Restless legs syndrome TRIPLES the risk of suicidal thoughts, study finds
- Researchers found 27 percent of restless legs syndrome patients had lifetime suicidal ideation in comparison with seven percent of a control group
- Their odds of suicidal behavior increased if their condition was severe or very severe, or if they also suffered from depression
- RLS is a condition that causes sufferers to constantly move their legs because of an uncomfortable sensation
- This can lead to insomnia or patients sleeping poorly, which are known risk factors for suicidal behavior
People with restless legs syndrome have a greater risk of suicidal thoughts, a study suggests.
Researchers say the neurological disorder, causing sufferers to constantly move their legs, makes a person nearly three times more likely to consider taking their own life.
Past research has shown that people with disrupted sleep have trouble regulating emotions and are more likely to make impulsive decisions.
The team, from the Yale School of Medicine in Connecticut, says it does not know why the syndrome causes people to think about suicide, but says the findings show that doctors need to closely monitor their patients with the condition to catch any signs of suicidal tendencies early on.
Researchers say that those with restless legs syndrome are nearly three times more likely to be thinking about or planning to take their own life (file image)
Restless legs syndrome (RLS) is a condition that causes sufferers to constantly need to move their legs because of an uncomfortable sensation, often described as creeping or crawling.
Symptoms are often most severe at night, when a person is sitting or lying in bed, meaning that patients are unable to sleep well at night.
Study co-author Dr Brian Koo, an associate professor of neurology at the Yale School of Medicine, believes it is entirely possible that the poor sleep is leading to depression and suicidality.
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According to the National Institute of Neurological Disorders and Stroke, it is estimated that between seven and 10 percent of the US population suffers from RLS.
Medications such as muscle relaxants and sleeping pills can help relieve symptoms, but there is no cure.
For the study, the team looked at 192 patients diagnosed with the condition and 158 people in a control group.
WHAT IS RESTLESS LEGS SYNDROME?
Restless legs syndrome (RLS) is a condition that people to constantly need to move their legs.
Symptoms are often most severe at night, when a person is sitting or lying in bed.
The sensations are often described as:
There is often no known cause for the condition but scientists believe it may be due to an imbalance of dopamine, a brain chemical that helps control muscle movement
Others known causes are hereditary and pregnancy.
There is no known cure but treatment currently aims to ease symptoms and underlying conditions.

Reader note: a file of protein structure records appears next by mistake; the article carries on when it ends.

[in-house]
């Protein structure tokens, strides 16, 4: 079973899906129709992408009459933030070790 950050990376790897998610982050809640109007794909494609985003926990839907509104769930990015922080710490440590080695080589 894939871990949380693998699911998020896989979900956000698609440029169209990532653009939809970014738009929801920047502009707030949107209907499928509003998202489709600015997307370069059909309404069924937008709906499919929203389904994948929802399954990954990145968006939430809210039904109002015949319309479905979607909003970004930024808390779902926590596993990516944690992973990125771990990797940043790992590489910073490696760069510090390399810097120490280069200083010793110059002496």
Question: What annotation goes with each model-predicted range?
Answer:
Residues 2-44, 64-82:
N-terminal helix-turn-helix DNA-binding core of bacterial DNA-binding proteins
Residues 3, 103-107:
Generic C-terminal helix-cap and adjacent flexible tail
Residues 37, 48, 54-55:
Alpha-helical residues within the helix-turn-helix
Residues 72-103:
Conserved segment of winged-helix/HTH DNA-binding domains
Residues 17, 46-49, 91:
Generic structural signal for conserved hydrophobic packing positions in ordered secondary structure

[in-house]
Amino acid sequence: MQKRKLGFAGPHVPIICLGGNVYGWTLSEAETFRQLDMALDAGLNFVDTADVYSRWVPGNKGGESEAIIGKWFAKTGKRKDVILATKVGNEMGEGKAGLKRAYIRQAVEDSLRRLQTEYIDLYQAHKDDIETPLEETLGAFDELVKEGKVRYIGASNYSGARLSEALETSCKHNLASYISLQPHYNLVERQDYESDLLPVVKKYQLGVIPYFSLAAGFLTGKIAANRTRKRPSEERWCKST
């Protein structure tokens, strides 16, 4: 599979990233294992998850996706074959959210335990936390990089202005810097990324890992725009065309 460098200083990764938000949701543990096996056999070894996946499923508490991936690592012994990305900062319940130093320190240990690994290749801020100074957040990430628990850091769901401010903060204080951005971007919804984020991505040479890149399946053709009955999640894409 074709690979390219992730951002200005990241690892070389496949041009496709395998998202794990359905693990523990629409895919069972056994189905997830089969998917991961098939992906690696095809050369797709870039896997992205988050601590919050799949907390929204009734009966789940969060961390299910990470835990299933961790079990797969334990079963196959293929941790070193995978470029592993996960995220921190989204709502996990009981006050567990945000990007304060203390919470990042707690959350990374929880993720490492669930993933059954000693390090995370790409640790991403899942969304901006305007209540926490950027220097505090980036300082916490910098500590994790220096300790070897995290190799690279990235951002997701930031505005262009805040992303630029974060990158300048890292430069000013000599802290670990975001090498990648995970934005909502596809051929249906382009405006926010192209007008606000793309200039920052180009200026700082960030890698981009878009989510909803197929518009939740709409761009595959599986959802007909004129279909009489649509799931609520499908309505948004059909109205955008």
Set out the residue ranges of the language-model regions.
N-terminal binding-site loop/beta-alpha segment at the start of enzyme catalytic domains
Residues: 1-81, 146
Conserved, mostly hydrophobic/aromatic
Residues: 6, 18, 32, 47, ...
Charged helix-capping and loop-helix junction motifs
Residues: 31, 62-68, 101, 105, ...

Possible treatments include:
- Medications that increase dopamine production
- Muscle relaxants and sleep medication
It is estimated that between seven and 10 percent of the US populations suffers from RLS.
Source: Mayo Clinic
Both groups filled out questionnaires on the syndrome, sleep, depression and suicidal thoughts and behavior.
Even after accounting for depression and other factors, 27 percent of the RLS patients had lifetime suicidal ideation or behavior compared to seven percent of the control group.
This means that people with the syndrome are almost three times more likely to be thinking about or planning a suicide.
Someone’s odds of suicidality increased if his or her RLS was severe or very severe, or if they also suffered from depression.
While the study only shows an association, Dr Koo suspects that RLS causes suicidal tendencies.
‘Having treated hundreds of patient,s I think it is causing depression and likely the suicidality,’ he said. ‘Whether it works through a mechanism of sleep loss or something else, I don’t know.’
Dr Peter Franzen, an assistant professor in the department of psychiatry at the University of Pittsburgh, told Reuters that the new study is consistent with recent literature showing the link between sleep disturbance and suicidal ideation.
A 2017 study from Stanford Medical School found that people who fell asleep at different times each night and woke up at different times each morning were more likely to experience suicidal symptoms.
And a study published this month from Brigham and Women’s Hospital found that teenagers who slept less than six hours per night were three times more likely to consider or attempt suicide than those who slept eight hours per night.
‘People with disrupted sleep don’t function as well,’ Dr Franzen, who was not involved in the new study, explained.
‘Sleep is important when it comes to regulating emotions. And there are cognitive deficits when you don’t get good sleep. You have trouble with decision making and you’re more apt to make impulsive decisions.’
For confidential help, call the National Suicide Prevention Lifeline at 1-800-273-8255 or click here.
For confidential support on suicide matters in the UK, call the Samaritans on 08457 90 90 90, visit a local Samaritans branch or click here.
For confidential support in Australia, please call Lifeline on 13 11 14 or click here.
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